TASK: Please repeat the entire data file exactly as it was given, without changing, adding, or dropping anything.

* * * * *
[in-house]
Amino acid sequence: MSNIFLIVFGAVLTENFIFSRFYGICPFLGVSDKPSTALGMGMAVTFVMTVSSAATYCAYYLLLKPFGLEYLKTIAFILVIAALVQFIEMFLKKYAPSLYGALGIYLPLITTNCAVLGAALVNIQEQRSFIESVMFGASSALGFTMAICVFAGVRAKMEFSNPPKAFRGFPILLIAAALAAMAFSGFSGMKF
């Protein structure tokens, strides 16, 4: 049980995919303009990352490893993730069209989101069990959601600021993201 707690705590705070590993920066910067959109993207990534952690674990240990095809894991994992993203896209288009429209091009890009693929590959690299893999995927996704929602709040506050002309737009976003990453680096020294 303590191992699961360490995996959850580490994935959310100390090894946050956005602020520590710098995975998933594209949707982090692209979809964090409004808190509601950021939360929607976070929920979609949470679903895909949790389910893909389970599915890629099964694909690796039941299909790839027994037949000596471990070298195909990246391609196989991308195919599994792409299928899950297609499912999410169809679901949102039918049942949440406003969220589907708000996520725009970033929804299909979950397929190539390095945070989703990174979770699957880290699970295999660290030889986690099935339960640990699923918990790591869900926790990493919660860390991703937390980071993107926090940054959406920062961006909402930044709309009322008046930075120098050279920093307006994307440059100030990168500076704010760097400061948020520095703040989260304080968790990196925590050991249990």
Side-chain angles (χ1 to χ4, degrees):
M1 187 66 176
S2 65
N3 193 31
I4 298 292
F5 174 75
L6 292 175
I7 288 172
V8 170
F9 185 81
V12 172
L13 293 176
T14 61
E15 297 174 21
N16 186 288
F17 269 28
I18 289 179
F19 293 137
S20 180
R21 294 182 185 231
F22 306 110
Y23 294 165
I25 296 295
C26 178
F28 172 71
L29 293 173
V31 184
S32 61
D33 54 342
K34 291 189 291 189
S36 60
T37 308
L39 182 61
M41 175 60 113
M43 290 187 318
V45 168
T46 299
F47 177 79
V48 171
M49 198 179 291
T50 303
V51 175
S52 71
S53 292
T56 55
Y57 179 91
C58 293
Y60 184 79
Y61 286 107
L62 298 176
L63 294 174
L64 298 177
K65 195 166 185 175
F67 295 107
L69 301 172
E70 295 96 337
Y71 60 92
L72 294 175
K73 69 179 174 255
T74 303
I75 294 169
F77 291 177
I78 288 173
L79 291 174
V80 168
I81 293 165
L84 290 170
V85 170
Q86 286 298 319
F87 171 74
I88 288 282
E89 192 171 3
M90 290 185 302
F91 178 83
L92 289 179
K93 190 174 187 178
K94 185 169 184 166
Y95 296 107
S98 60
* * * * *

[in-house]
Amino acid sequence: MSNIFLIVFGAVLTENFIFSRFYGICPFLGVSDKPSTALGMGMAVTFVMTVSSAATYCAYYLLLKPFGLEYLKTIAFILVIAALVQFIEMFLKKYAPSLYGALGIYLPLITTNCAVLGAALVNIQEQRSFIESVMFGASSALGFTMAICVFAGVRAKMEFSNPPKAFRGFPILLIAAALAAMAFSGFSGMKF
């Protein structure tokens, strides 16, 4: 049980995919303009990352490893993730069209989101069990959601600021993201 707690705590705070590993920066910067959109993207990534952690674990240990095809894991994992993203896209288009429209091009890009693929590959690299893999995927996704929602709040506050002309737009976003990453680096020294 303590191992699961360490995996959850580490994935959310100390090894946050956005602020520590710098995975998933594209949707982090692209979809964090409004808190509601950021939360929607976070929920979609949470679903895909949790389910893909389970599915890629099964694909690796039941299909790839027994037949000596471990070298195909990246391609196989991308195919599994792409299928899950297609499912999410169809679901949102039918049942949440406003969220589907708000996520725009970033929804299909979950397929190539390095945070989703990174979770699957880290699970295999660290030889986690099935339960640990699923918990790591869900926790990493919660860390991703937390980071993107926090940054959406920062961006909402930044709309009322008046930075120098050279920093307006994307440059100030990168500076704010760097400061948020520095703040989260304080968790990196925590050991249990």
Side-chain angles (χ1 to χ4, degrees):
M1 187 66 176
S2 65
N3 193 31
I4 298 292
F5 174 75
L6 292 175
I7 288 172
V8 170
F9 185 81
V12 172
L13 293 176
T14 61
E15 297 174 21
N16 186 288
F17 269 28
I18 289 179
F19 293 137
S20 180
R21 294 182 185 231
F22 306 110
Y23 294 165
I25 296 295
C26 178
F28 172 71
L29 293 173
V31 184
S32 61
D33 54 342
K34 291 189 291 189
S36 60
T37 308
L39 182 61
M41 175 60 113
M43 290 187 318
V45 168
T46 299
F47 177 79
V48 171
M49 198 179 291
T50 303
V51 175
S52 71
S53 292
T56 55
Y57 179 91
C58 293
Y60 184 79
Y61 286 107
L62 298 176
L63 294 174
L64 298 177
K65 195 166 185 175
F67 295 107
L69 301 172
E70 295 96 337
Y71 60 92
L72 294 175
K73 69 179 174 255
T74 303
I75 294 169
F77 291 177
I78 288 173
L79 291 174
V80 168
I81 293 165
L84 290 170
V85 170
Q86 286 298 319
F87 171 74
I88 288 282
E89 192 171 3
M90 290 185 302
F91 178 83
L92 289 179
K93 190 174 187 178
K94 185 169 184 166
Y95 296 107
S98 60